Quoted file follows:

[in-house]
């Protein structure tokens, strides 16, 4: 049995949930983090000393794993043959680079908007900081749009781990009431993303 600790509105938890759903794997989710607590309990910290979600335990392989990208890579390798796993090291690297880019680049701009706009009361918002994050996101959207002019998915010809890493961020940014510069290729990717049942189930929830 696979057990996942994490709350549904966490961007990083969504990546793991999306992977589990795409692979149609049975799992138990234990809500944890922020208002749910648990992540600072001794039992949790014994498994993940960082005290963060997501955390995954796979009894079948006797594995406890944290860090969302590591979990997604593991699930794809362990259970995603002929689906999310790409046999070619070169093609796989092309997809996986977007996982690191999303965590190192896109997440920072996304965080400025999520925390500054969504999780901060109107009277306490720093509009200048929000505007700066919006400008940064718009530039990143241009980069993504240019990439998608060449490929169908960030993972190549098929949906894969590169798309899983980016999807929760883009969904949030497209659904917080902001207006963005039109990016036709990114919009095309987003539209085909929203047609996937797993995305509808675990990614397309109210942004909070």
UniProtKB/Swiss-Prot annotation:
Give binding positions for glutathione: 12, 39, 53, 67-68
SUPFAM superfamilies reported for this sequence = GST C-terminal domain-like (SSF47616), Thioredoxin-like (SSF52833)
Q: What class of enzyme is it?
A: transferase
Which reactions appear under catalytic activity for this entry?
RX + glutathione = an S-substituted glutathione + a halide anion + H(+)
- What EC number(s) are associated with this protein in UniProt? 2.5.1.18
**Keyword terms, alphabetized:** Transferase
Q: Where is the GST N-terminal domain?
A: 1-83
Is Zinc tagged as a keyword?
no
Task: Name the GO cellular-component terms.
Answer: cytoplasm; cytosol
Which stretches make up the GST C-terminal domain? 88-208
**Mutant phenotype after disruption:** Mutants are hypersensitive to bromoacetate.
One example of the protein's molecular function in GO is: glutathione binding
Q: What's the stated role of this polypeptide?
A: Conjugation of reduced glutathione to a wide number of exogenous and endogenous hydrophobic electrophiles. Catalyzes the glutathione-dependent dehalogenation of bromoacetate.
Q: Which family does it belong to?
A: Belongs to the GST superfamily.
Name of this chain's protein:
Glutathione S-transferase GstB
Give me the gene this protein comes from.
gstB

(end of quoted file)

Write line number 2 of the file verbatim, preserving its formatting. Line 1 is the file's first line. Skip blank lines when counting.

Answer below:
């Protein structure tokens, strides 16, 4: 049995949930983090000393794993043959680079908007900081749009781990009431993303 600790509105938890759903794997989710607590309990910290979600335990392989990208890579390798796993090291690297880019680049701009706009009361918002994050996101959207002019998915010809890493961020940014510069290729990717049942189930929830 696979057990996942994490709350549904966490961007990083969504990546793991999306992977589990795409692979149609049975799992138990234990809500944890922020208002749910648990992540600072001794039992949790014994498994993940960082005290963060997501955390995954796979009894079948006797594995406890944290860090969302590591979990997604593991699930794809362990259970995603002929689906999310790409046999070619070169093609796989092309997809996986977007996982690191999303965590190192896109997440920072996304965080400025999520925390500054969504999780901060109107009277306490720093509009200048929000505007700066919006400008940064718009530039990143241009980069993504240019990439998608060449490929169908960030993972190549098929949906894969590169798309899983980016999807929760883009969904949030497209659904917080902001207006963005039109990016036709990114919009095309987003539209085909929203047609996937797993995305509808675990990614397309109210942004909070």